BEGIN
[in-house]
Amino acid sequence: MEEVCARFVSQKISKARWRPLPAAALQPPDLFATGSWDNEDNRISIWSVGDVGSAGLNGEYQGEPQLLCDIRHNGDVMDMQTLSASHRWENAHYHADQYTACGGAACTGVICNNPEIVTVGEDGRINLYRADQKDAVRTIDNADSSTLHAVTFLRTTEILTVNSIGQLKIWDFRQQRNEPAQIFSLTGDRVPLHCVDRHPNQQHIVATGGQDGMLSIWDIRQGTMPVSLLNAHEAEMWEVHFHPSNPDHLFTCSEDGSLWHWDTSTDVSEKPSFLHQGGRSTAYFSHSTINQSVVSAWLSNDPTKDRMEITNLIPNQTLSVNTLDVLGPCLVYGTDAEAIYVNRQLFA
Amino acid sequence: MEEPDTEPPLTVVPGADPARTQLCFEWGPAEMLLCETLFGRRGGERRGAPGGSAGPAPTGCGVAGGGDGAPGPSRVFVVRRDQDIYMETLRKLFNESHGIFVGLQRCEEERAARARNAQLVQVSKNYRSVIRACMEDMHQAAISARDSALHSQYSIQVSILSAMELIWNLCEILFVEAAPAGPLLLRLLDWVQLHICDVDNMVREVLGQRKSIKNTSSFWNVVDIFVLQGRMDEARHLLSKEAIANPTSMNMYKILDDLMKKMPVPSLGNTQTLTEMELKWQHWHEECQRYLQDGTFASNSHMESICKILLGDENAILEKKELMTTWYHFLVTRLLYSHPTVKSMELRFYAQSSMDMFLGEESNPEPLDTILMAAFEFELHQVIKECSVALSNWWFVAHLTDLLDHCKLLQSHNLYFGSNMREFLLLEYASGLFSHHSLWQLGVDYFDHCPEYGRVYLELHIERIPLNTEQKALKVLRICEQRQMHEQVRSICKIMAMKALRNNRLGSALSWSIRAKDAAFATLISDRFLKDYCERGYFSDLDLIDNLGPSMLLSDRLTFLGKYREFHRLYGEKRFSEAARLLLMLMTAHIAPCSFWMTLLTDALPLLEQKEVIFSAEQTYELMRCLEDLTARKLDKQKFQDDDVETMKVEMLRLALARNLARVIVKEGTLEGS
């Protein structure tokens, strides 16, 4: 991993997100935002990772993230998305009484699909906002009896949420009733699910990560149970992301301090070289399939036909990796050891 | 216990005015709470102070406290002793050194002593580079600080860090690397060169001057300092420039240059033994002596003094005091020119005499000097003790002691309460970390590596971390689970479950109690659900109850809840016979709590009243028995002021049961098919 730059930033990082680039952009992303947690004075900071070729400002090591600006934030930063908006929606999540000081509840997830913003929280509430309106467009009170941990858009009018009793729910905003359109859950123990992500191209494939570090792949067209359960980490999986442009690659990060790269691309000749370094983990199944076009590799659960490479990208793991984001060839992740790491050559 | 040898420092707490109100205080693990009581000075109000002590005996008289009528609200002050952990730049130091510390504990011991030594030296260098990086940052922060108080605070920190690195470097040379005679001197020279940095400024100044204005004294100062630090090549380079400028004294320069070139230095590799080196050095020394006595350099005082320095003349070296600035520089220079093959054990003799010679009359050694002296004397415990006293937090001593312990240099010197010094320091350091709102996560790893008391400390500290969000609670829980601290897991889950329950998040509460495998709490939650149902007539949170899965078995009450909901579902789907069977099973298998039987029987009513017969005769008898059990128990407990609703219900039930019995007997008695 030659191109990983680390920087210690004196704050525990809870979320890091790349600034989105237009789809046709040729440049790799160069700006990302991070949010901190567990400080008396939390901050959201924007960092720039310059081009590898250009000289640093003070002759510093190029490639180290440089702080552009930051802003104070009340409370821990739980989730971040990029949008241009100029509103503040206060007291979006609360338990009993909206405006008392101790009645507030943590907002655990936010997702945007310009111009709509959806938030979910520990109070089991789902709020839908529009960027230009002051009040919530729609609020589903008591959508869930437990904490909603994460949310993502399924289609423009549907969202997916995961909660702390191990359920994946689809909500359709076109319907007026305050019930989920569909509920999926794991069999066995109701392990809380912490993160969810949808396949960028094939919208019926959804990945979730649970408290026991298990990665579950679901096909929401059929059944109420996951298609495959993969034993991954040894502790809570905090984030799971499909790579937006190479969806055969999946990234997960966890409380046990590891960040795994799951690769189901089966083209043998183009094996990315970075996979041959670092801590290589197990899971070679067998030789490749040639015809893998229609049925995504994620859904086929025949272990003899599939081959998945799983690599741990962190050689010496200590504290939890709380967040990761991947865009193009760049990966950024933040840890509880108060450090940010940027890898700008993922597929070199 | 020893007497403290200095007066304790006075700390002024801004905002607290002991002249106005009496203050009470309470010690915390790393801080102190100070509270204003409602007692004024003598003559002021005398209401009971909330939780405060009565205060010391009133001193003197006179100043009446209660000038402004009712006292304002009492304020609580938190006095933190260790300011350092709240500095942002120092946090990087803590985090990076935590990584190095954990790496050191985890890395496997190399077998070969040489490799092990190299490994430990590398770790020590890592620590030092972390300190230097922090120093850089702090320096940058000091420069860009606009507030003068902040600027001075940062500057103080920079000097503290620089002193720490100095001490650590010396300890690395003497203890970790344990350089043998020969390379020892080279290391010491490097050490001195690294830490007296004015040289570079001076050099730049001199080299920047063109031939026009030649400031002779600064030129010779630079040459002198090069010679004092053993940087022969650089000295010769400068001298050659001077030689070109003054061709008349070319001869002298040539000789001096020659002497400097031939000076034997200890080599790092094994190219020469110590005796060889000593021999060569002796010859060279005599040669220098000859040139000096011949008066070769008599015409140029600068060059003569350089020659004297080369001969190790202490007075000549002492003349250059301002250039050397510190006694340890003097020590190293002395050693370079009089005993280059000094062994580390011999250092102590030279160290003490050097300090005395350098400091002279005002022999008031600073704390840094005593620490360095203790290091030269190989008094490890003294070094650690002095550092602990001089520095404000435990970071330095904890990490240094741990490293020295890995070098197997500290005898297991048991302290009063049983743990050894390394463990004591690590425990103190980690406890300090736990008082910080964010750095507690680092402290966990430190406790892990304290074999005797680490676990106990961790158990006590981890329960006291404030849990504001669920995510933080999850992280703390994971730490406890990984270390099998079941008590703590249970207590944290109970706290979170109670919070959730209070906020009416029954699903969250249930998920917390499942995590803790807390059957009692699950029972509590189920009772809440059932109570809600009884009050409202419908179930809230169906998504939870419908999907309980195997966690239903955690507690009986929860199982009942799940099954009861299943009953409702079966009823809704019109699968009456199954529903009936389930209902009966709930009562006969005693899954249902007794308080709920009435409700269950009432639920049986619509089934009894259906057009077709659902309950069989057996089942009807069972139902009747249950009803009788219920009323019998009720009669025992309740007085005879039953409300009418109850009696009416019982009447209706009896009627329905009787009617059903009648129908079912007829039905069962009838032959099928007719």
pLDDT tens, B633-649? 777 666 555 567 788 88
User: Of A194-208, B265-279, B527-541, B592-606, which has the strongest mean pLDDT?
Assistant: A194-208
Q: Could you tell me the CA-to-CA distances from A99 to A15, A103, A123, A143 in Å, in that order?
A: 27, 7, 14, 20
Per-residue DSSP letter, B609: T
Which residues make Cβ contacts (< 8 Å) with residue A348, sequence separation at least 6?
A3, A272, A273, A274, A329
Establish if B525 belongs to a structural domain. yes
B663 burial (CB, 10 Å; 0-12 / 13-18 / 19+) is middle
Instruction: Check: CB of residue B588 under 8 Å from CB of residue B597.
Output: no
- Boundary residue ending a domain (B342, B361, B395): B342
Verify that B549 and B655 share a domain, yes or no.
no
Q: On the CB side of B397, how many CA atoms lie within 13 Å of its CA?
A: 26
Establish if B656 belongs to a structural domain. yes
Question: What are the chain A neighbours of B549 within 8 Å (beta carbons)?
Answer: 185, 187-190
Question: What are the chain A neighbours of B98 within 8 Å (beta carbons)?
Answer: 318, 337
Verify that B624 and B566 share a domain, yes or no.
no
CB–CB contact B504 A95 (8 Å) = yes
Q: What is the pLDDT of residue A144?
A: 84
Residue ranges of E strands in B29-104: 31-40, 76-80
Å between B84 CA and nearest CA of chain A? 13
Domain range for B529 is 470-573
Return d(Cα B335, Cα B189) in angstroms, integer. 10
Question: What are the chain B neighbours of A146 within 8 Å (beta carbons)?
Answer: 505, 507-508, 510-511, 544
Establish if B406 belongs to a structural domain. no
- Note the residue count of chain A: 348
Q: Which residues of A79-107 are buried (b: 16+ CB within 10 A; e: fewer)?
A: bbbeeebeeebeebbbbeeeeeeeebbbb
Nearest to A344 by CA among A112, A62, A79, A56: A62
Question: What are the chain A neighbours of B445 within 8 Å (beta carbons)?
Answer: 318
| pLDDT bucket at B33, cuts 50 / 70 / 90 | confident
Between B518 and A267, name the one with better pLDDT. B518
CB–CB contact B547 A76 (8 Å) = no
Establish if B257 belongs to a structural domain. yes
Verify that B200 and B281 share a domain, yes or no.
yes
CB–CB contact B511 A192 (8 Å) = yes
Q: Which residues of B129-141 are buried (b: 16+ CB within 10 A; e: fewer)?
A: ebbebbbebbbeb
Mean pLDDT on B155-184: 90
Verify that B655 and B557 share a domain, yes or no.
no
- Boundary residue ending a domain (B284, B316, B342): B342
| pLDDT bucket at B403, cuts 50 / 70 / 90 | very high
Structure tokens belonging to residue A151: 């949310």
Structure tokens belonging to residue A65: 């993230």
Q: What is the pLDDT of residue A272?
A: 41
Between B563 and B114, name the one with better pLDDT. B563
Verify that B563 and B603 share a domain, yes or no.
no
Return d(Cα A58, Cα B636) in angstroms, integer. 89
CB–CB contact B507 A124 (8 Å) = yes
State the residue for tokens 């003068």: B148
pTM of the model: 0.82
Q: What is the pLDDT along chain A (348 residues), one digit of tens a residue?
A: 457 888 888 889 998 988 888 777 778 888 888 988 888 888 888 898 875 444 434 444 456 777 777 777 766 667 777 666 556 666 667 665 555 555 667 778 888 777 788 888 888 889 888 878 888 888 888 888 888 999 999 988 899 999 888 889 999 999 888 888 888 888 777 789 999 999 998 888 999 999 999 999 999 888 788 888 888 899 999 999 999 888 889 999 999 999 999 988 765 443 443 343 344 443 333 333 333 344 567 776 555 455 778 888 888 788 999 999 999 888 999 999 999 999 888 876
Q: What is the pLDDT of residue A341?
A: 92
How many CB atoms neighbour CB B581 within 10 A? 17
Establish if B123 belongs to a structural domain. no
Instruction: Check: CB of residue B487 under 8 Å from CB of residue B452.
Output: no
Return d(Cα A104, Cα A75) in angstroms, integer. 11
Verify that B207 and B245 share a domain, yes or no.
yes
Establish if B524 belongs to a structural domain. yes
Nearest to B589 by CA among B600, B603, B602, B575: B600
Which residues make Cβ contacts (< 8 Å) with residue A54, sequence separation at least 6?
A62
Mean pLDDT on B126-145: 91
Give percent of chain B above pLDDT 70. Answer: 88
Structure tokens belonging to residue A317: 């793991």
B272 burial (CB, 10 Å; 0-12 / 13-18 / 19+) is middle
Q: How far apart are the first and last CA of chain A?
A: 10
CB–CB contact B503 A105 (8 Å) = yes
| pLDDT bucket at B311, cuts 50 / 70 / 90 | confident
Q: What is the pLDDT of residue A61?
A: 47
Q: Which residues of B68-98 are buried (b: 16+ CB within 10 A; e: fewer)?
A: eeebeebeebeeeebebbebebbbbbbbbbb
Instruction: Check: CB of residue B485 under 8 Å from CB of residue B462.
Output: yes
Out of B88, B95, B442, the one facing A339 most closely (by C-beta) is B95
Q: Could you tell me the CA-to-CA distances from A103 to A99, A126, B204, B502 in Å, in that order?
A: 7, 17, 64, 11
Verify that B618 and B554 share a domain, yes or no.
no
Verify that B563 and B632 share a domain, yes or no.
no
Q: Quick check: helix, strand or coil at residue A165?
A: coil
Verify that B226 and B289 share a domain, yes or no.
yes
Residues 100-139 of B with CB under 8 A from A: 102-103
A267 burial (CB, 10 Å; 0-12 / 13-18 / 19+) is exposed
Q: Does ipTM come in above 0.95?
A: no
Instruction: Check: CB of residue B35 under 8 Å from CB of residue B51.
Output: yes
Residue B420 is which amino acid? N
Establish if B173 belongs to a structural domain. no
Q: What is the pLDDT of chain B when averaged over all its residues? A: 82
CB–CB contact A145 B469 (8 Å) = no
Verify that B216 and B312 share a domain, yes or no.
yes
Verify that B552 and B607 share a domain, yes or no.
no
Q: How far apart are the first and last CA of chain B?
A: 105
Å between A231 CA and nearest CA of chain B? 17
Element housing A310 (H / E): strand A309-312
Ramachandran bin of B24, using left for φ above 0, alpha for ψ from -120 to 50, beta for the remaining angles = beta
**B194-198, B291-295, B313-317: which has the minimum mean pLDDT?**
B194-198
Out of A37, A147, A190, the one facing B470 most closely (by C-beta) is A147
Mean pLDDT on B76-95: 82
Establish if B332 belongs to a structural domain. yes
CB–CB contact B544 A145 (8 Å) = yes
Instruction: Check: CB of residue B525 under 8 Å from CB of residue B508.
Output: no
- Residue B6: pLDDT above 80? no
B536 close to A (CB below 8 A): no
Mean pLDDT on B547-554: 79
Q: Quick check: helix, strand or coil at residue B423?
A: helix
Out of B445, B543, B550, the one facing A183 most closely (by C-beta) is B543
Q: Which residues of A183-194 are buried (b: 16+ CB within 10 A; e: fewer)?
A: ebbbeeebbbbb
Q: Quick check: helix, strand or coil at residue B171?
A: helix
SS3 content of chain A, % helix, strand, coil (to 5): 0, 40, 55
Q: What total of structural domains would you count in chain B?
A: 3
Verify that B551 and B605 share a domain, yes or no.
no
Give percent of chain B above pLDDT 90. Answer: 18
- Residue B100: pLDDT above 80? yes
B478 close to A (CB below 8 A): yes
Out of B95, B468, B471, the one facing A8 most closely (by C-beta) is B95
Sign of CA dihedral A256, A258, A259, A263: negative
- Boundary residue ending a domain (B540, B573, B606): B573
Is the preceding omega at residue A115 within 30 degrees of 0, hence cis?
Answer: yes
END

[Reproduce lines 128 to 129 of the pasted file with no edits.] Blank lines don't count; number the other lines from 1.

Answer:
Ramachandran bin of B24, using left for φ above 0, alpha for ψ from -120 to 50, beta for the remaining angles = beta
**B194-198, B291-295, B313-317: which has the minimum mean pLDDT?**